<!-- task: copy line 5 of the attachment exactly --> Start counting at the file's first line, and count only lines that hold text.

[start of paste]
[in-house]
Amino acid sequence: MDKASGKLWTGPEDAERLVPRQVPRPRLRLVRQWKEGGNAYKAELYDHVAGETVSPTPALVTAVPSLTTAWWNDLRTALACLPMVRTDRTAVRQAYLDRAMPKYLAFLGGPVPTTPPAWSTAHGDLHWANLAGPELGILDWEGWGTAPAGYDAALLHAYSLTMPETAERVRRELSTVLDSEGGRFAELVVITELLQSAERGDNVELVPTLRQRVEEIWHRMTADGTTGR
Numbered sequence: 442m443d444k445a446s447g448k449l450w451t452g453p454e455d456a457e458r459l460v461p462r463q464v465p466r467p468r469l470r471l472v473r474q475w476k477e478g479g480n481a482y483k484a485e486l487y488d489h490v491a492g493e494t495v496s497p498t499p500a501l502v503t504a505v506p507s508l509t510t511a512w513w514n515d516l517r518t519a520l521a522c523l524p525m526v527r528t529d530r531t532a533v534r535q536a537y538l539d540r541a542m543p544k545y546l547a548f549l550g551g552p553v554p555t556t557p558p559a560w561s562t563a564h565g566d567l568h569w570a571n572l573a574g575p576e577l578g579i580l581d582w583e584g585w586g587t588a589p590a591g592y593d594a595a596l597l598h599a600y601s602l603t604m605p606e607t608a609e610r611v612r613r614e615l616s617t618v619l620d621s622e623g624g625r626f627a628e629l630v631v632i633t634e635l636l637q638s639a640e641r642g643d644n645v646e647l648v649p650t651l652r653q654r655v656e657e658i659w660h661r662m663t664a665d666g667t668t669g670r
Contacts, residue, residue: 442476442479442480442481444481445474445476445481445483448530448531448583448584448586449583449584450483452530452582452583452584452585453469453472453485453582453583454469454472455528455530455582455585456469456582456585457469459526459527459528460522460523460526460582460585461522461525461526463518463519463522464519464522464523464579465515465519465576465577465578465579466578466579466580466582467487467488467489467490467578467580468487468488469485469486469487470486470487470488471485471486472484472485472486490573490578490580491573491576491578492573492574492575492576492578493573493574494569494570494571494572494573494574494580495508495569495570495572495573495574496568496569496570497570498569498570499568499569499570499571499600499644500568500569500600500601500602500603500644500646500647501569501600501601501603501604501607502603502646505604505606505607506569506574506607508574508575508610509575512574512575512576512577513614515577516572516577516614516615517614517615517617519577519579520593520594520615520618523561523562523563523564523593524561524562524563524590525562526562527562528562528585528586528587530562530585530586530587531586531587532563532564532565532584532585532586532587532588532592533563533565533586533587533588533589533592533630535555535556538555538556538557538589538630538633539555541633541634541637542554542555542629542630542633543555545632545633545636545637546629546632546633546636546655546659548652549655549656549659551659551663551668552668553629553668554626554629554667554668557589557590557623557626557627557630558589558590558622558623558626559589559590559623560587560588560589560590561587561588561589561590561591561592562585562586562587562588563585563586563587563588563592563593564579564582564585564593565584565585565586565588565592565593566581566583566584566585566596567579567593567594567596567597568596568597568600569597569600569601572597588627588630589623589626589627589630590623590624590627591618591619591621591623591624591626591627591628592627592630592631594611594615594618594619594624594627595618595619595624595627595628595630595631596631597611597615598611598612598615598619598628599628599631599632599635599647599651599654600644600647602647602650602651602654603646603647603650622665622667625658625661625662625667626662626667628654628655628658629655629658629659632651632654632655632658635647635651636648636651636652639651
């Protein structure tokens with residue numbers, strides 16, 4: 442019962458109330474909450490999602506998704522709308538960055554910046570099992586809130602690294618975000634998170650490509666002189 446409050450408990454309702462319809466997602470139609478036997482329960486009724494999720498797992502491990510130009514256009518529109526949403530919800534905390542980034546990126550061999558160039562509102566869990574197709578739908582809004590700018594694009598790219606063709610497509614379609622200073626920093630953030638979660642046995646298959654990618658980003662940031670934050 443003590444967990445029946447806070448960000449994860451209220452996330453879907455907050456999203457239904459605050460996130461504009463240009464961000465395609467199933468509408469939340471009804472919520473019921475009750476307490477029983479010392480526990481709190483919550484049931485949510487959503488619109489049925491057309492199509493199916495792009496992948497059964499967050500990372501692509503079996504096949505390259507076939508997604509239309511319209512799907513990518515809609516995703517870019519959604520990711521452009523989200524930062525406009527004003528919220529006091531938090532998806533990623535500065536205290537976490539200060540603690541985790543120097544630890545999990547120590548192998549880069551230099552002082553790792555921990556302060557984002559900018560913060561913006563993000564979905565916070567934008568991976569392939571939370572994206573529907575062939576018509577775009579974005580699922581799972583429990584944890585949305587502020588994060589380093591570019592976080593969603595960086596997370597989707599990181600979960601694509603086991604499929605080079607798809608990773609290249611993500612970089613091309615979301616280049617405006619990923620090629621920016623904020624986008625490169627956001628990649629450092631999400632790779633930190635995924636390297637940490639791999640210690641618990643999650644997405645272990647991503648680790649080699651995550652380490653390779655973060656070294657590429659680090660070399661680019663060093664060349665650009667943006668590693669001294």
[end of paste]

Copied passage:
């Protein structure tokens with residue numbers, strides 16, 4: 442019962458109330474909450490999602506998704522709308538960055554910046570099992586809130602690294618975000634998170650490509666002189 446409050450408990454309702462319809466997602470139609478036997482329960486009724494999720498797992502491990510130009514256009518529109526949403530919800534905390542980034546990126550061999558160039562509102566869990574197709578739908582809004590700018594694009598790219606063709610497509614379609622200073626920093630953030638979660642046995646298959654990618658980003662940031670934050 443003590444967990445029946447806070448960000449994860451209220452996330453879907455907050456999203457239904459605050460996130461504009463240009464961000465395609467199933468509408469939340471009804472919520473019921475009750476307490477029983479010392480526990481709190483919550484049931485949510487959503488619109489049925491057309492199509493199916495792009496992948497059964499967050500990372501692509503079996504096949505390259507076939508997604509239309511319209512799907513990518515809609516995703517870019519959604520990711521452009523989200524930062525406009527004003528919220529006091531938090532998806533990623535500065536205290537976490539200060540603690541985790543120097544630890545999990547120590548192998549880069551230099552002082553790792555921990556302060557984002559900018560913060561913006563993000564979905565916070567934008568991976569392939571939370572994206573529907575062939576018509577775009579974005580699922581799972583429990584944890585949305587502020588994060589380093591570019592976080593969603595960086596997370597989707599990181600979960601694509603086991604499929605080079607798809608990773609290249611993500612970089613091309615979301616280049617405006619990923620090629621920016623904020624986008625490169627956001628990649629450092631999400632790779633930190635995924636390297637940490639791999640210690641618990643999650644997405645272990647991503648680790649080699651995550652380490653390779655973060656070294657590429659680090660070399661680019663060093664060349665650009667943006668590693669001294």